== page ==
The demand for labor stayed strong in October as concerns over the delta variant faded and the economy continued to bounce back from the pandemic.
Job openings, a proxy for labor demand, reached 11.03 million, exceeding 11 million for the second time on record, slightly lower than the all-time high set in July, according to the job openings and labor turnover survey, or JOLTS, from the Bureau of Labor Statistics on Wednesday.
Such strong demand for workers put more pressure on a labor market that has been extremely tight since the beginning of the summer, when the economy started to reopen on a broad scale.
As a result, the number of job openings per unemployed worker climbed to 1.49 in October from 1.38 in September, continuing to underscore the increasing mismatch between demand and supply of labor.
At the same time, the rate at which workers quit their jobs slowed to 2.8% on the month from the record 3.0% in September. While it is an encouraging sign for businesses that have been struggling with low retention rates, the October reading remained elevated compared to the pre-pandemic level of around 2.3%.
The number of job quits declined for all firm sizes, with the largest decreases coming from the smallest firms with fewer than nine employees, down by 123,000, and from large firms with more than 1,000 employees, down by 43,000.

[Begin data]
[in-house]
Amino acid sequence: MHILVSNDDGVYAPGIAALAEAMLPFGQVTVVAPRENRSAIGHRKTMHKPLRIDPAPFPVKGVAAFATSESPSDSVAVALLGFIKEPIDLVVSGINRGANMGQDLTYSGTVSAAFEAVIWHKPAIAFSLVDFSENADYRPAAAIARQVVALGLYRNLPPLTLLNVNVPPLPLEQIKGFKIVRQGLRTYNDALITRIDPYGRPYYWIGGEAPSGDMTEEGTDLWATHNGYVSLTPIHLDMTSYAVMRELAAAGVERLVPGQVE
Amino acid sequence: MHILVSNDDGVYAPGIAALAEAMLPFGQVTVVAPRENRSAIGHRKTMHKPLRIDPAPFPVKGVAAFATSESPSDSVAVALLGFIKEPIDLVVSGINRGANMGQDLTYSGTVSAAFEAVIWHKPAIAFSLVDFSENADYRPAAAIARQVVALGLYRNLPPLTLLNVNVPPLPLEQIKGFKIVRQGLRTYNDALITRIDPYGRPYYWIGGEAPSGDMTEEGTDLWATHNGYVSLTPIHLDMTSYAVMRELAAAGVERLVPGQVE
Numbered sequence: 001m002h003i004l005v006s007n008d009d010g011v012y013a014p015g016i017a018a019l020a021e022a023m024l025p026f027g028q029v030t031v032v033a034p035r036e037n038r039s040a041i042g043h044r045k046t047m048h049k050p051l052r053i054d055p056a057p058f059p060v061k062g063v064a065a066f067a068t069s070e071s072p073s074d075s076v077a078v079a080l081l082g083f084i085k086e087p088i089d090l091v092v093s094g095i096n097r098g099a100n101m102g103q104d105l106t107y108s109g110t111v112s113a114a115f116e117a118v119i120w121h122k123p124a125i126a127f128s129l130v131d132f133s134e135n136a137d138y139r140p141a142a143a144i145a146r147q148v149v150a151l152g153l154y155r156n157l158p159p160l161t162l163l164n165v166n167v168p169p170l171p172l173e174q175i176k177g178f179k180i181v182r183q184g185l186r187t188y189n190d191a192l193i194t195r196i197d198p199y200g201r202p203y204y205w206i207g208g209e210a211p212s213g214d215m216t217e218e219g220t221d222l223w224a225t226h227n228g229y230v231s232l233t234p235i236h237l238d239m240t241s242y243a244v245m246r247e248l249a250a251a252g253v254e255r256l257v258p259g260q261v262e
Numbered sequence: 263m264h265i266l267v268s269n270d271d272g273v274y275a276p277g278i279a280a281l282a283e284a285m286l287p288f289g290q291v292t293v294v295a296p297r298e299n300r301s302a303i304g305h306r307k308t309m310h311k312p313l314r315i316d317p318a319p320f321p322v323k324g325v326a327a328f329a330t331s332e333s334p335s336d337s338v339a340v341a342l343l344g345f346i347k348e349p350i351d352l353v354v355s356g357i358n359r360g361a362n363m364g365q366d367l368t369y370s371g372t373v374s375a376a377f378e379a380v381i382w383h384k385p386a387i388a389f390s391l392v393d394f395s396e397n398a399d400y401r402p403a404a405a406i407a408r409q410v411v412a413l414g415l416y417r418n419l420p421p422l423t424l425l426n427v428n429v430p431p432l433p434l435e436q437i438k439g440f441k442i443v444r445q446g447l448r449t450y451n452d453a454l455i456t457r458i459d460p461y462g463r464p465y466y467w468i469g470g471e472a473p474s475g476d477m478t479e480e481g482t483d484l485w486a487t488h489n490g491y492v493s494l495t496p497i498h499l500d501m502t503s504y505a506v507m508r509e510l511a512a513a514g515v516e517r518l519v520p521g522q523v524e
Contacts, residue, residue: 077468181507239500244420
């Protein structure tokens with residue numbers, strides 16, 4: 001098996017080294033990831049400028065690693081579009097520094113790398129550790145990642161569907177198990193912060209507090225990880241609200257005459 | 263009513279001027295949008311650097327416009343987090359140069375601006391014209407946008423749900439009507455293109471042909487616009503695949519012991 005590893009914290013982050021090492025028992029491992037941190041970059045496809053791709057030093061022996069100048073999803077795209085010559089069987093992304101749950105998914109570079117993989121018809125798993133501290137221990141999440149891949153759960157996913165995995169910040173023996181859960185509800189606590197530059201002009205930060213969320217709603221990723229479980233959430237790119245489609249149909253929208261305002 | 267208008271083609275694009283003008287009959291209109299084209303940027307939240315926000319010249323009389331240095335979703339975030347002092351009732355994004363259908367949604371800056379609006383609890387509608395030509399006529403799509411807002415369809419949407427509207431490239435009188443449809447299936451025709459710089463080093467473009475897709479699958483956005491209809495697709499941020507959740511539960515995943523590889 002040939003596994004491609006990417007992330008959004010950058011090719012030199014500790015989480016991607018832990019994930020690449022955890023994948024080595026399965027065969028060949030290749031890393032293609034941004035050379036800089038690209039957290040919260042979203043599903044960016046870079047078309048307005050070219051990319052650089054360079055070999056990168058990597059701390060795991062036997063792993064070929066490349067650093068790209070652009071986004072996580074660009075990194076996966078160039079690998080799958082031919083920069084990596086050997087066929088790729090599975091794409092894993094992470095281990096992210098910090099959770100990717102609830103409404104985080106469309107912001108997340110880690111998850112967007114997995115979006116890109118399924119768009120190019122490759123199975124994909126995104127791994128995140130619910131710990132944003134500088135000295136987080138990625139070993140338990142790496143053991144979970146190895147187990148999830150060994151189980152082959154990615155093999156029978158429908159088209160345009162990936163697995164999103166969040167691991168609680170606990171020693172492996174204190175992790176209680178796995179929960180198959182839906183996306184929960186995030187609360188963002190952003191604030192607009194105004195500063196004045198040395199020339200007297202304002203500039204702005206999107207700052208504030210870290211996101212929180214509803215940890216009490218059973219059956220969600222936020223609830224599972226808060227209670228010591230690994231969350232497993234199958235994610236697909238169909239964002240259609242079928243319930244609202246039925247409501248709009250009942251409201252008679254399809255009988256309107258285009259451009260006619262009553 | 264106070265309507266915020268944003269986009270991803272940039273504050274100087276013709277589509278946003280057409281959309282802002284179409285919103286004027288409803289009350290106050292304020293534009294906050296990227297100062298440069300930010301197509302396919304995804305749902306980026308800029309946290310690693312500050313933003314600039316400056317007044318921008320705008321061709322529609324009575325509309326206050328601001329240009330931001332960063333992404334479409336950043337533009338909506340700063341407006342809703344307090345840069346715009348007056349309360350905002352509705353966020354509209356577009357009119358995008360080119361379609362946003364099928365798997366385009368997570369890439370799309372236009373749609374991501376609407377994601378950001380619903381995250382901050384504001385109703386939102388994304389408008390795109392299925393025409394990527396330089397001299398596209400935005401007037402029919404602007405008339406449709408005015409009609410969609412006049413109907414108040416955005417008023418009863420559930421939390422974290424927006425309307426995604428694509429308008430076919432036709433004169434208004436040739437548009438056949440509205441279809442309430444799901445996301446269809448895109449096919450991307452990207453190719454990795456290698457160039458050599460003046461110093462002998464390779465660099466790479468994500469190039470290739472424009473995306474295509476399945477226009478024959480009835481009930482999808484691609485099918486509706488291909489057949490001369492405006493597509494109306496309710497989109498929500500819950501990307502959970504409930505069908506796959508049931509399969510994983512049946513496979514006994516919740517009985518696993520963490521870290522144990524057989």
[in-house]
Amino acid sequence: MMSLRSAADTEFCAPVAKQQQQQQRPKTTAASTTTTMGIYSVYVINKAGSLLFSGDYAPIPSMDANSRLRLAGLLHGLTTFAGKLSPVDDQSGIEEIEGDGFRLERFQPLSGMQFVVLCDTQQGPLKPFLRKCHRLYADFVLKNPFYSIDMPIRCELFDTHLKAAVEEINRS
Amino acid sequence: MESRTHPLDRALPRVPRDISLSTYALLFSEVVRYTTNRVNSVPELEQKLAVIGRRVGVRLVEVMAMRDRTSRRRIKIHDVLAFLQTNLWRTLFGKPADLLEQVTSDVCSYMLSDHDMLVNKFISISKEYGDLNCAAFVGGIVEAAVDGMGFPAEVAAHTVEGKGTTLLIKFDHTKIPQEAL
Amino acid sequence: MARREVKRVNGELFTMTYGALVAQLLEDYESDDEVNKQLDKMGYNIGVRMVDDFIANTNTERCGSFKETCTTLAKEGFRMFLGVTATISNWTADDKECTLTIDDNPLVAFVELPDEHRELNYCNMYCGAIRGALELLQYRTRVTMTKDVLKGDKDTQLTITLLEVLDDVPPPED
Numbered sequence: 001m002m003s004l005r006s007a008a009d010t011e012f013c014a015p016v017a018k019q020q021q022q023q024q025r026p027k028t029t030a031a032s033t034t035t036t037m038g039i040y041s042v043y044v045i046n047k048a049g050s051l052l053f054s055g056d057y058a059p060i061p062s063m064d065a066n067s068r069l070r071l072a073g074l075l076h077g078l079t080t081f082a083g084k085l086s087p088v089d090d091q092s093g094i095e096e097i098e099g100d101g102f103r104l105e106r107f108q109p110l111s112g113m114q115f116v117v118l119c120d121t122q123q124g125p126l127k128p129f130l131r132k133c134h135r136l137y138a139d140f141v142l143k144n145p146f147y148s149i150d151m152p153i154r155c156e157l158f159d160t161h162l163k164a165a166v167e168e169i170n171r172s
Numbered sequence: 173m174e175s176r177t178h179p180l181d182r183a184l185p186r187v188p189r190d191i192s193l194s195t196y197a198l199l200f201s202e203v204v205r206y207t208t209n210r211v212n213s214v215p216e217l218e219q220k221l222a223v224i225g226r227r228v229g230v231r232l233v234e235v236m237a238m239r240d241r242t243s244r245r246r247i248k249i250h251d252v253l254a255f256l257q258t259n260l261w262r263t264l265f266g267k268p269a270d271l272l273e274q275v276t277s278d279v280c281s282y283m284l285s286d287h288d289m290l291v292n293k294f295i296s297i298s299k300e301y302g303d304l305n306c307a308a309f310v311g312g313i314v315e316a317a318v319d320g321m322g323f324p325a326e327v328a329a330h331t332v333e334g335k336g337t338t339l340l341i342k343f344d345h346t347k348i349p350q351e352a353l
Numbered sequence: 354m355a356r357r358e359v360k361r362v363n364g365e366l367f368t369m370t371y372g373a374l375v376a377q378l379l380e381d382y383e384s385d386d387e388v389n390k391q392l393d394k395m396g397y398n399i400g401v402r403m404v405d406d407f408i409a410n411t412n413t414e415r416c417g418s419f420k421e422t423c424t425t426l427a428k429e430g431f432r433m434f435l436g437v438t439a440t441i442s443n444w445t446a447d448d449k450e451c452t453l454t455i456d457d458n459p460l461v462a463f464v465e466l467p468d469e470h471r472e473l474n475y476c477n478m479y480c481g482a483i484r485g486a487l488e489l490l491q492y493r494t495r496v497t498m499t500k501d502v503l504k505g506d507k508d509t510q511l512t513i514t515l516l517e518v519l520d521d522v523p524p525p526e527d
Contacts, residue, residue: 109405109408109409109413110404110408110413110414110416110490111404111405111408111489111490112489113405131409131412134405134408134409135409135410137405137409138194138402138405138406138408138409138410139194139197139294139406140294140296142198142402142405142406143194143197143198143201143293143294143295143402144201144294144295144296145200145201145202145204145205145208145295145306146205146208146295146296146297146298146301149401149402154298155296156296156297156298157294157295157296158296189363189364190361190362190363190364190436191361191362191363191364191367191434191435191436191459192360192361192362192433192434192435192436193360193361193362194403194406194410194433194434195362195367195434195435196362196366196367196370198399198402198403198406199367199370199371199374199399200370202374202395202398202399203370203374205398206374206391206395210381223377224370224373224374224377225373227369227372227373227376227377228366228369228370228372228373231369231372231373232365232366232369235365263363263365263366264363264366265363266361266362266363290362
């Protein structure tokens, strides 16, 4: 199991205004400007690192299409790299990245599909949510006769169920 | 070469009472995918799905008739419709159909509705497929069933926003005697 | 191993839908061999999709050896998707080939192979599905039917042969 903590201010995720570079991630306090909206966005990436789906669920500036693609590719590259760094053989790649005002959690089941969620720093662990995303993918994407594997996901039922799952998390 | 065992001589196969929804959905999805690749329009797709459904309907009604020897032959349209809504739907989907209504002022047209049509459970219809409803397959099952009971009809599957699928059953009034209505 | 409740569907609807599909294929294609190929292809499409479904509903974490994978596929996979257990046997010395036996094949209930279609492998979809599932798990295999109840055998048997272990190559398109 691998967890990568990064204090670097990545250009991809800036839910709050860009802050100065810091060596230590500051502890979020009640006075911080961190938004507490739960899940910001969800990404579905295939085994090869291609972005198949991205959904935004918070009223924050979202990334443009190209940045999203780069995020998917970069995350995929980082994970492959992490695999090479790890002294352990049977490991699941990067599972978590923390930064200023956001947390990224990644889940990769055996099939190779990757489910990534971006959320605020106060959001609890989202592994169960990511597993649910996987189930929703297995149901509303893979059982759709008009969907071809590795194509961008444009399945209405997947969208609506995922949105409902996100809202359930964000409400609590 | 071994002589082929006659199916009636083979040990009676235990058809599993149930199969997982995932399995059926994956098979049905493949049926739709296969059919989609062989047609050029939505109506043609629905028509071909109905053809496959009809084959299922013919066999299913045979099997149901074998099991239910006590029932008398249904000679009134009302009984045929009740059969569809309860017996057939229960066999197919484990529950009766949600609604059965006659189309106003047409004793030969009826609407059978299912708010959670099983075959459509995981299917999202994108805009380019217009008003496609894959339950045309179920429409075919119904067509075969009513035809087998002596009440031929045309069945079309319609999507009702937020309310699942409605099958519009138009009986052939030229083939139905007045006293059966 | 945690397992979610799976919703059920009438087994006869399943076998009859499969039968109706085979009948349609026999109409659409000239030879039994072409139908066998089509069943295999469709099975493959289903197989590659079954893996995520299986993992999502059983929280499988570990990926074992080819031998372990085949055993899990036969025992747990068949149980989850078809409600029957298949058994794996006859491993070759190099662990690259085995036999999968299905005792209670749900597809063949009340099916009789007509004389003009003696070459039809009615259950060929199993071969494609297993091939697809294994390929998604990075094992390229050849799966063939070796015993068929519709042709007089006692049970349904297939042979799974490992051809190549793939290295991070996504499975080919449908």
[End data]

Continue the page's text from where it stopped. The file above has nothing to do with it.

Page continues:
Layoffs also declined by 35,000 to 1.36 million in October, significantly lower than the pre-pandemic level at 1.7 million, as firms have had less incentive to let their workers go amid the persistent labor shortage in recent months.
Labor shortages also caused hiring to slow in October as job hirings decreased by 82,000, to 6.5 million.
While Wednesday’s report pointed to an increasingly tight labor market, it is important to note that the report showed what happened two months ago in October.
Since then, with more data on employment coming from the Bureau of Labor Statistics, we expect to see some of the challenges from the supply side easing in November as workers, who had been on the sidelines, come back to work at a higher rate.
Still, there is a long way to go before the mismatch between labor demand and supply are resolved as millions of workers continue to stay out of the labor force compared to the pre-pandemic level.